Thursday, October 29, 2020

Environmental Groups File Federal Lawsuit Over Air Pollution From Industrial Flares At Petrochemical Plants, Landfills, Gas Processing & Compressor Stations

On October 29, a coalition of ten environmental organizations sued the U.S. Environmental Protection Agency over its failure to reduce toxic air pollution from industrial flares at petrochemical plants, gas processing facilities, municipal solid waste landfills, and other large industrial sites.

Across the country, thousands of industrial flares burn excess waste gases and release smog-forming volatile organic compounds (VOCs), hazardous pollutants (such as carcinogenic benzene), and other pollutants that threaten the health of people living downwind, which often include communities of color and lower-income neighborhoods.

EPA has not updated two sets of air pollution control standards for industrial flares in decades—34 years and 26 years, respectively—even though the federal Clean Air Act requires the agency to review them at least once every eight years to make sure they adequately protect the public and incorporate improvements in technology.

The industrial flares subject to the outdated standards that are the focus of the lawsuit include flares at petrochemical facilities, gasoline terminals, natural gas processing plants, compressor stations, solid waste landfills, and other large industrial sites.  

These do not include flares at petroleum refineries, for which EPA updated standards in 2015, or flares at oil and gas wells, which have unique standards.

The organizations that filed the lawsuit –– following notices of intent to sue EPA sent on June 11 and August 17, 2020 – are Environmental Integrity Project, Clean Air Council, Air Alliance Houston, Chesapeake Climate Action Network, Earthworks, Environment America, Environment Texas, Hoosier Environmental Council, PennEnvironment, and Texas Campaign for the Environment.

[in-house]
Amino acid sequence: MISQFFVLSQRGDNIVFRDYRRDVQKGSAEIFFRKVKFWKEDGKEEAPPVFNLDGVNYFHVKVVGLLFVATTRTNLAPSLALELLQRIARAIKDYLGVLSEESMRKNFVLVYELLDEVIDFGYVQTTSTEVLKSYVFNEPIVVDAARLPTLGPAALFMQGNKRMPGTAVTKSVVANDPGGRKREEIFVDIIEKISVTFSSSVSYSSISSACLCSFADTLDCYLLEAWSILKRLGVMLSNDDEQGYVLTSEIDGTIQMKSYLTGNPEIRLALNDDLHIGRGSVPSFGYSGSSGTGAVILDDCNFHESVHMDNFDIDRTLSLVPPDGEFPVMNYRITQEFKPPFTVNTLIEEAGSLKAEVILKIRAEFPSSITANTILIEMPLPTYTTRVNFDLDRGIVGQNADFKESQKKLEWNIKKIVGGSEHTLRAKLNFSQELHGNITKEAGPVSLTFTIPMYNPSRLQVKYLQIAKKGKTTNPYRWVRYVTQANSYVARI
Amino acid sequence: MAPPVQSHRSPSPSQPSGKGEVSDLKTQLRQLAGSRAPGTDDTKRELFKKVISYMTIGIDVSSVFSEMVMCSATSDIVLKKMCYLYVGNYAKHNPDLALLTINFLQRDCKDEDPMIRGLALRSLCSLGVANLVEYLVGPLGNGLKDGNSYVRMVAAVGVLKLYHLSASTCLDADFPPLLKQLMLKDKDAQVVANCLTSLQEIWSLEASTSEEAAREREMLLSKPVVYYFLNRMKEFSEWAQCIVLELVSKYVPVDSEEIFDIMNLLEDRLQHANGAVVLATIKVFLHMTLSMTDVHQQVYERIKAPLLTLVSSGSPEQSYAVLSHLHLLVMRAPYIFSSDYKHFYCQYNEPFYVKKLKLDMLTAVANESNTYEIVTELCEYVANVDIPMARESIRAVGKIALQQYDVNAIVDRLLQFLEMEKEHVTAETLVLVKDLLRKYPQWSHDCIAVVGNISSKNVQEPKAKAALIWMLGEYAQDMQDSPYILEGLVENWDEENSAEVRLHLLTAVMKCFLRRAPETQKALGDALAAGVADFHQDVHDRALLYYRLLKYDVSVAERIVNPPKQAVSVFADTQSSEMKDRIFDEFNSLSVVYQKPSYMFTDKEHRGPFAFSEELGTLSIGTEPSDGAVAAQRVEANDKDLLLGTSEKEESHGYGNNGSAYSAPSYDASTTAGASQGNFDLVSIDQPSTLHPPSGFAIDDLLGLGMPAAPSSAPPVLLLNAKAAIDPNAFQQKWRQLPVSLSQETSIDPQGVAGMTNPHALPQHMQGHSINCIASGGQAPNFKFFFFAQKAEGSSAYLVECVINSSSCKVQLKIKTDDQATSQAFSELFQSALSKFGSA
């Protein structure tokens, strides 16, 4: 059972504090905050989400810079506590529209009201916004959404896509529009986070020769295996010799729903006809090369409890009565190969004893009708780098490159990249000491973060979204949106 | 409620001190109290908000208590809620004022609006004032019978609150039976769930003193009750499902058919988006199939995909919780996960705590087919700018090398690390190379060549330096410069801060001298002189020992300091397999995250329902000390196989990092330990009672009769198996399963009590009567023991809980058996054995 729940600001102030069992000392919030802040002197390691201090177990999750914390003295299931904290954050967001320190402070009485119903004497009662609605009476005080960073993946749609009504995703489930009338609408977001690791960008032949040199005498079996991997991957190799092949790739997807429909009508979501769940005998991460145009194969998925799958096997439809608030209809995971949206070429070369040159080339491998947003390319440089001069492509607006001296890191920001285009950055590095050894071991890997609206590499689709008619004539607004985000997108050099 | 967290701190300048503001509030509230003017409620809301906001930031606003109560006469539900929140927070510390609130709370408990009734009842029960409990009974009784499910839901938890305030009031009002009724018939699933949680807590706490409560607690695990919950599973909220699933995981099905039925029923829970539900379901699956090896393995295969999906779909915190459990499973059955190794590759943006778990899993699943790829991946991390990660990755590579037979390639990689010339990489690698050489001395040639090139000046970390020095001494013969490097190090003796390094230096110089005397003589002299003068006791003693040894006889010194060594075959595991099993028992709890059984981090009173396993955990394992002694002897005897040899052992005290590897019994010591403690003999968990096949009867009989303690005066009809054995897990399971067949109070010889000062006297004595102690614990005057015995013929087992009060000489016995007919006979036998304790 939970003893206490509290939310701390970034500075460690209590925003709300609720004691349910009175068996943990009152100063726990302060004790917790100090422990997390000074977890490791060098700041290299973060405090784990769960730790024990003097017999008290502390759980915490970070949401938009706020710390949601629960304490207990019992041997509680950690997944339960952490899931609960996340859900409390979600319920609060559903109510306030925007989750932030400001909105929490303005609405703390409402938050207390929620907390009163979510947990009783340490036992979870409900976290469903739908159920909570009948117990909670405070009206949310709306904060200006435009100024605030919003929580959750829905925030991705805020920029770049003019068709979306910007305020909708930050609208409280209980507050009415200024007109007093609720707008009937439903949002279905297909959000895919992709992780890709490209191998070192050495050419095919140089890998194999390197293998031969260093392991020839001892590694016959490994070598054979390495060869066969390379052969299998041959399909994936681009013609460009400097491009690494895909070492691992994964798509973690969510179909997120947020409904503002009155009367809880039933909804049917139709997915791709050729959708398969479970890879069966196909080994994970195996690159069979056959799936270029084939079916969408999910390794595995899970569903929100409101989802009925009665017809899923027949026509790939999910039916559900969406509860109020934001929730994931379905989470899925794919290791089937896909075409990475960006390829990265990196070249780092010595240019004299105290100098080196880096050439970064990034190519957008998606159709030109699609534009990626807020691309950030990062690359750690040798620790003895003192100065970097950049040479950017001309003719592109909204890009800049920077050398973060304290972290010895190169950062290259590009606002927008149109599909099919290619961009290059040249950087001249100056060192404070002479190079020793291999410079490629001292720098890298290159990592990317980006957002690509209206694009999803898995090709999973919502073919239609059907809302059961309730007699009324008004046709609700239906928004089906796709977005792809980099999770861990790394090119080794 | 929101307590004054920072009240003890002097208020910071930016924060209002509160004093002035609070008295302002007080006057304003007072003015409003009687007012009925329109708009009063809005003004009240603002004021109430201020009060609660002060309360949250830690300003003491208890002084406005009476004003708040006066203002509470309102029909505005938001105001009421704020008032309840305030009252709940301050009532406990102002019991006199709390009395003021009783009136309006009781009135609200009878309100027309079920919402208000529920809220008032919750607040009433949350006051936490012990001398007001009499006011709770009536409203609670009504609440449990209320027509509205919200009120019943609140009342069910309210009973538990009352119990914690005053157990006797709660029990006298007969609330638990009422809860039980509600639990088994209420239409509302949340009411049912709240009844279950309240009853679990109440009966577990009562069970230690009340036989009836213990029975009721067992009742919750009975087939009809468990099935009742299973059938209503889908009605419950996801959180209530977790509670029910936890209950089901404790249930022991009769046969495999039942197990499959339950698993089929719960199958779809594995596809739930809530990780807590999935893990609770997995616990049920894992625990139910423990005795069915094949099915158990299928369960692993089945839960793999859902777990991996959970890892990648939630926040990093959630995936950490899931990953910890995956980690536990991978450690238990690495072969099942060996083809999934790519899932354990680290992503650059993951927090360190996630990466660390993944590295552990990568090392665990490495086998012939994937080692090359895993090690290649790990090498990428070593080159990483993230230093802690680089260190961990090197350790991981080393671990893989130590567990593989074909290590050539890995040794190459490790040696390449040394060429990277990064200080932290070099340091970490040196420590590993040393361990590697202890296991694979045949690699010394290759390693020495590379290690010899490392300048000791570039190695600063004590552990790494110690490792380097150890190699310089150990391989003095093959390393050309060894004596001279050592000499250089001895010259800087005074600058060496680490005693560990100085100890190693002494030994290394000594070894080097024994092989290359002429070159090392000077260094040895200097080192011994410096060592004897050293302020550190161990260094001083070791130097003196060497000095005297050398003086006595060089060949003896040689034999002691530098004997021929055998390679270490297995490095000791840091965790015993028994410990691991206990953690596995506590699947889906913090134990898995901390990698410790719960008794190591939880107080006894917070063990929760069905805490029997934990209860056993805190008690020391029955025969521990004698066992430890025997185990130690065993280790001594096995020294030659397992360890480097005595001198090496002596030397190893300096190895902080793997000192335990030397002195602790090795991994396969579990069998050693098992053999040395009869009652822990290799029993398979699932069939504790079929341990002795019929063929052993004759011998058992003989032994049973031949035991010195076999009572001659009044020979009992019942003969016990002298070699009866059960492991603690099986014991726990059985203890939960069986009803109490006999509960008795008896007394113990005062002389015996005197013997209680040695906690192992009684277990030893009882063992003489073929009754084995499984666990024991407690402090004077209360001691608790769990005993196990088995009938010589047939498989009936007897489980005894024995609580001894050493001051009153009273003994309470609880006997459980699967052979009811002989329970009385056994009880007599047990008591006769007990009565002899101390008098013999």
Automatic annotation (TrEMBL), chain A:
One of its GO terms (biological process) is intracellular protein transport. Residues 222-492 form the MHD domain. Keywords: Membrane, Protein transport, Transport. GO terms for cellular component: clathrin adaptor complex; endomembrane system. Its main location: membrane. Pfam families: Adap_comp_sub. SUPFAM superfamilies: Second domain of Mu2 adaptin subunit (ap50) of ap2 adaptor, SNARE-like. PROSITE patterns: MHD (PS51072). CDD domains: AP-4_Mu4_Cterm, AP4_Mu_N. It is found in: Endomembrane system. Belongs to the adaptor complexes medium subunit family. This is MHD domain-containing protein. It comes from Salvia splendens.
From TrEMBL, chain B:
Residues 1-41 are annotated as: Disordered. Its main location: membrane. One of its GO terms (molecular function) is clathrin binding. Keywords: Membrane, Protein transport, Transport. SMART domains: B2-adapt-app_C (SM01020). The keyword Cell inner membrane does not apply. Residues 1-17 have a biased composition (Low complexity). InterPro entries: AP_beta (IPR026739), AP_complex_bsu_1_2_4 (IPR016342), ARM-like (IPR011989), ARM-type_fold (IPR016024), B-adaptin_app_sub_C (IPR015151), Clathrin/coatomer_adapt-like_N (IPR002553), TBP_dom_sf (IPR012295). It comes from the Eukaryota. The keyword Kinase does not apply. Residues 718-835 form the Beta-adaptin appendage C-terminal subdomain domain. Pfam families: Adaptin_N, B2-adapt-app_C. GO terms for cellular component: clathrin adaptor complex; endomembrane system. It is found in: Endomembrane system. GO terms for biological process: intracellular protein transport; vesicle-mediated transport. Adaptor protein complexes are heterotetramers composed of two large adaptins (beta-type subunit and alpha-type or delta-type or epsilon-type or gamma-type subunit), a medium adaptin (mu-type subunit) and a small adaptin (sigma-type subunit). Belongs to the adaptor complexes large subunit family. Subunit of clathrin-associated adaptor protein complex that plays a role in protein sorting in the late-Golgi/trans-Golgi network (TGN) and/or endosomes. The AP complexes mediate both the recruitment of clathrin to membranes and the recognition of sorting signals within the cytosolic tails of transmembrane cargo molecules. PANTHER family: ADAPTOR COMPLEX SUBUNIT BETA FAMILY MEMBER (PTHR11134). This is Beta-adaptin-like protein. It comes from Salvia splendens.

“It’s been far too long since EPA updated these industrial flare standards, and EPA is well aware of the problem,” said Adam Kron, Senior Attorney for the Environmental Integrity Project (EIP).  “Time and time again over the past decade, EPA has admitted that flares operating under these outdated standards can release many times more toxic air pollutants into local communities than estimated.  This can cause serious harm to public health.”

Joseph Otis Minott, Esq., Executive Director and Chief Counsel of Clean Air Council, said: “There is no excuse for continuing to permit antiquated pollution-controlling technology in new industrial facilities. EPA has a responsibility to protect our air and our health, and it cannot do so while sleeping at the wheel."

"While many people may look back fondly and love the 80s, we'd all agree that technology and the things we know about air pollution have dramatically improved over the past three decades," said PennEnvironment Executive Director David Masur. "Health based standards from the 80s are in no way acceptable for protecting public health, our communities and our environment today." 

“The EPA has neglected to properly review the harmful effects of flaring on the health of nearby residents for decades,” said Aaron Mintzes, Senior Policy Counsel for Earthworks. “Optical gas images (OGI) documented in the field show improperly combusing flares and reveal the urgent need for the EPA review this litigation seeks.”

"For too long, fossil fuel companies have been allowed to emit dangerous levels of pollution at industrial facilities that are all too often located in minority communities," said Anne Havemann, General Counsel at the Chesapeake Climate Action Network. "Virtually unchecked industrial flaring at these facilities harms the climate, health, and justice, and the EPA must fix its illegally outdated rules as soon as possible."

Industrial facilities, like chemical manufacturers and natural gas processing plants, use flares as pollution control devices to burn and destroy dangerous organic compounds like benzene in waste gases. 

However, the flares are only effective as pollution control devices if they are operated correctly.  

In a recent rulemaking, EPA estimated that one industry sector’s flares were operating at 90.4 percent efficiency rather than the expected 98 percent, resulting in the flares releasing almost five times the pollution.

For example, operators inject steam into flares to keep them from smoking, which releases soot or fine particle pollution. But they often add far more steam than is needed.  

EPA and industry studies have shown that flares that are over-steamed do not burn well, releasing many times more toxic and smog-forming compounds that should have been destroyed during the combustion process.   

Additionally, the current standards let operators average their measurements over long, three-hour periods rather than a shorter time, allowing for spikes that depart from proper operation. 

Using outdated standards, industrial flares can release large amounts of air pollution at the local level. 

For example, in Texas’s Permian Basin, flares from a gas processing plant owned by Oxy USA LLC’s in Gaines County, reported emissions of 136 tons of volatile organic compounds (VOCs) in 2017, according to the Texas Commission on Environmental Quality. 

Click Here for a copy of the lawsuit.

[Posted: October 29, 2020]  PA Environment Digest

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